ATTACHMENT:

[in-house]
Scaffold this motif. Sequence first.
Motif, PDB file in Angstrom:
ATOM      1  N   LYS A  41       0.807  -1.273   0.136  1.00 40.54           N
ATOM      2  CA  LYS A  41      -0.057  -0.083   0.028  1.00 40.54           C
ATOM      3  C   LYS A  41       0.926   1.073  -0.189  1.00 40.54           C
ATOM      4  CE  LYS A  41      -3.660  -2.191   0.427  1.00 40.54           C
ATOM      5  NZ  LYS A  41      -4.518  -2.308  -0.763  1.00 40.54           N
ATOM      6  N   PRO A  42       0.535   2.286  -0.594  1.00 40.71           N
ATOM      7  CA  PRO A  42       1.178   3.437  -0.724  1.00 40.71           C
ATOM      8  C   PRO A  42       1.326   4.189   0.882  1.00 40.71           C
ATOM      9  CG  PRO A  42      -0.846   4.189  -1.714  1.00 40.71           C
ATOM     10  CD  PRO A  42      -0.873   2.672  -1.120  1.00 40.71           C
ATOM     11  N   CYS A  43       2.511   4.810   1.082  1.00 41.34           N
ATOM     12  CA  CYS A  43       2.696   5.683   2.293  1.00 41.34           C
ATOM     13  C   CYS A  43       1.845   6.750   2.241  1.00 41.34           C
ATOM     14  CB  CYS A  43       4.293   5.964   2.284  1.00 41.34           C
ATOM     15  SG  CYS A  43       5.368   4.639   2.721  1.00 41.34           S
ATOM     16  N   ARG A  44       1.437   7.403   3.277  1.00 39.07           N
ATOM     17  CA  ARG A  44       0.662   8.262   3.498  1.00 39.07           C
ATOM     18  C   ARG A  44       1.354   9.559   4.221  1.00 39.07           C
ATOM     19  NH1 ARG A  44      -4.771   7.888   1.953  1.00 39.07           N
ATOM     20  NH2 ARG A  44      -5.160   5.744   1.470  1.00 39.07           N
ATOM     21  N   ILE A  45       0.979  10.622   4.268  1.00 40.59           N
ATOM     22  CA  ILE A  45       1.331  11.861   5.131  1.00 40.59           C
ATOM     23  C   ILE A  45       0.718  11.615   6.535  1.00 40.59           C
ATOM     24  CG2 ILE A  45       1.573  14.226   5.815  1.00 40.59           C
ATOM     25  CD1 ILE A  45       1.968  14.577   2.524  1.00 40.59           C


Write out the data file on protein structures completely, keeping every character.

[in-house]
Scaffold this motif. Sequence first.
Motif, PDB file in Angstrom:
ATOM      1  N   LYS A  41       0.807  -1.273   0.136  1.00 40.54           N
ATOM      2  CA  LYS A  41      -0.057  -0.083   0.028  1.00 40.54           C
ATOM      3  C   LYS A  41       0.926   1.073  -0.189  1.00 40.54           C
ATOM      4  CE  LYS A  41      -3.660  -2.191   0.427  1.00 40.54           C
ATOM      5  NZ  LYS A  41      -4.518  -2.308  -0.763  1.00 40.54           N
ATOM      6  N   PRO A  42       0.535   2.286  -0.594  1.00 40.71           N
ATOM      7  CA  PRO A  42       1.178   3.437  -0.724  1.00 40.71           C
ATOM      8  C   PRO A  42       1.326   4.189   0.882  1.00 40.71           C
ATOM      9  CG  PRO A  42      -0.846   4.189  -1.714  1.00 40.71           C
ATOM     10  CD  PRO A  42      -0.873   2.672  -1.120  1.00 40.71           C
ATOM     11  N   CYS A  43       2.511   4.810   1.082  1.00 41.34           N
ATOM     12  CA  CYS A  43       2.696   5.683   2.293  1.00 41.34           C
ATOM     13  C   CYS A  43       1.845   6.750   2.241  1.00 41.34           C
ATOM     14  CB  CYS A  43       4.293   5.964   2.284  1.00 41.34           C
ATOM     15  SG  CYS A  43       5.368   4.639   2.721  1.00 41.34           S
ATOM     16  N   ARG A  44       1.437   7.403   3.277  1.00 39.07           N
ATOM     17  CA  ARG A  44       0.662   8.262   3.498  1.00 39.07           C
ATOM     18  C   ARG A  44       1.354   9.559   4.221  1.00 39.07           C
ATOM     19  NH1 ARG A  44      -4.771   7.888   1.953  1.00 39.07           N
ATOM     20  NH2 ARG A  44      -5.160   5.744   1.470  1.00 39.07           N
ATOM     21  N   ILE A  45       0.979  10.622   4.268  1.00 40.59           N
ATOM     22  CA  ILE A  45       1.331  11.861   5.131  1.00 40.59           C
ATOM     23  C   ILE A  45       0.718  11.615   6.535  1.00 40.59           C
ATOM     24  CG2 ILE A  45       1.573  14.226   5.815  1.00 40.59           C
ATOM     25  CD1 ILE A  45       1.968  14.577   2.524  1.00 40.59           C